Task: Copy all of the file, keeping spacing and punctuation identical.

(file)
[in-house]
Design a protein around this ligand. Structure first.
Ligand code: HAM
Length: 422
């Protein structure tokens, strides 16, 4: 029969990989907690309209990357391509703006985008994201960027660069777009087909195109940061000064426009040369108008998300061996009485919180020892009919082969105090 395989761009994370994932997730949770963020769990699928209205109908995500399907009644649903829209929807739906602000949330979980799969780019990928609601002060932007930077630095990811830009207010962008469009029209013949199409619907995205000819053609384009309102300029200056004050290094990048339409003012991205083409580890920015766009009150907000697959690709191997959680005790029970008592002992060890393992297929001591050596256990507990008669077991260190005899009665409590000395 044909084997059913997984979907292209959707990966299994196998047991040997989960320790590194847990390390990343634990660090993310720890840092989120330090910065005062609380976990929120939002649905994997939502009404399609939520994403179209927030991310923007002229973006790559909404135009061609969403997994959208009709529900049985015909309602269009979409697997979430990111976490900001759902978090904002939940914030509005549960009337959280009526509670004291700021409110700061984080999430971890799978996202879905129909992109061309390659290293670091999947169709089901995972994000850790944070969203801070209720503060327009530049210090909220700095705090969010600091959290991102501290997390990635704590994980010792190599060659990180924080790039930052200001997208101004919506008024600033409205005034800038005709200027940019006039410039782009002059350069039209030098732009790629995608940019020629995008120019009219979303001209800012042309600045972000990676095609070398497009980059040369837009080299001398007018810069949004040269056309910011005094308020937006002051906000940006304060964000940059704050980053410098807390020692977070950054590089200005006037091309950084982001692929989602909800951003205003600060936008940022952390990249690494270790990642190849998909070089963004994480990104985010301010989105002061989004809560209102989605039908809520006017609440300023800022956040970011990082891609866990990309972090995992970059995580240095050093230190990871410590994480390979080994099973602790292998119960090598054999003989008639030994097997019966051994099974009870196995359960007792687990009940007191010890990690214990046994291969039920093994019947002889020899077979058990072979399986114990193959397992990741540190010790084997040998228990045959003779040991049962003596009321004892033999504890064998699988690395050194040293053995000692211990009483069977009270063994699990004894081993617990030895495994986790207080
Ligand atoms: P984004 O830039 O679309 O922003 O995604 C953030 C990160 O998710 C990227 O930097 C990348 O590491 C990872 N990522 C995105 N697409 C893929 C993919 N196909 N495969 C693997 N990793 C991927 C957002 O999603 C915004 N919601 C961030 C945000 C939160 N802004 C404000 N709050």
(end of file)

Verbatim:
[in-house]
Design a protein around this ligand. Structure first.
Ligand code: HAM
Length: 422
């Protein structure tokens, strides 16, 4: 029969990989907690309209990357391509703006985008994201960027660069777009087909195109940061000064426009040369108008998300061996009485919180020892009919082969105090 395989761009994370994932997730949770963020769990699928209205109908995500399907009644649903829209929807739906602000949330979980799969780019990928609601002060932007930077630095990811830009207010962008469009029209013949199409619907995205000819053609384009309102300029200056004050290094990048339409003012991205083409580890920015766009009150907000697959690709191997959680005790029970008592002992060890393992297929001591050596256990507990008669077991260190005899009665409590000395 044909084997059913997984979907292209959707990966299994196998047991040997989960320790590194847990390390990343634990660090993310720890840092989120330090910065005062609380976990929120939002649905994997939502009404399609939520994403179209927030991310923007002229973006790559909404135009061609969403997994959208009709529900049985015909309602269009979409697997979430990111976490900001759902978090904002939940914030509005549960009337959280009526509670004291700021409110700061984080999430971890799978996202879905129909992109061309390659290293670091999947169709089901995972994000850790944070969203801070209720503060327009530049210090909220700095705090969010600091959290991102501290997390990635704590994980010792190599060659990180924080790039930052200001997208101004919506008024600033409205005034800038005709200027940019006039410039782009002059350069039209030098732009790629995608940019020629995008120019009219979303001209800012042309600045972000990676095609070398497009980059040369837009080299001398007018810069949004040269056309910011005094308020937006002051906000940006304060964000940059704050980053410098807390020692977070950054590089200005006037091309950084982001692929989602909800951003205003600060936008940022952390990249690494270790990642190849998909070089963004994480990104985010301010989105002061989004809560209102989605039908809520006017609440300023800022956040970011990082891609866990990309972090995992970059995580240095050093230190990871410590994480390979080994099973602790292998119960090598054999003989008639030994097997019966051994099974009870196995359960007792687990009940007191010890990690214990046994291969039920093994019947002889020899077979058990072979399986114990193959397992990741540190010790084997040998228990045959003779040991049962003596009321004892033999504890064998699988690395050194040293053995000692211990009483069977009270063994699990004894081993617990030895495994986790207080
Ligand atoms: P984004 O830039 O679309 O922003 O995604 C953030 C990160 O998710 C990227 O930097 C990348 O590491 C990872 N990522 C995105 N697409 C893929 C993919 N196909 N495969 C693997 N990793 C991927 C957002 O999603 C915004 N919601 C961030 C945000 C939160 N802004 C404000 N709050």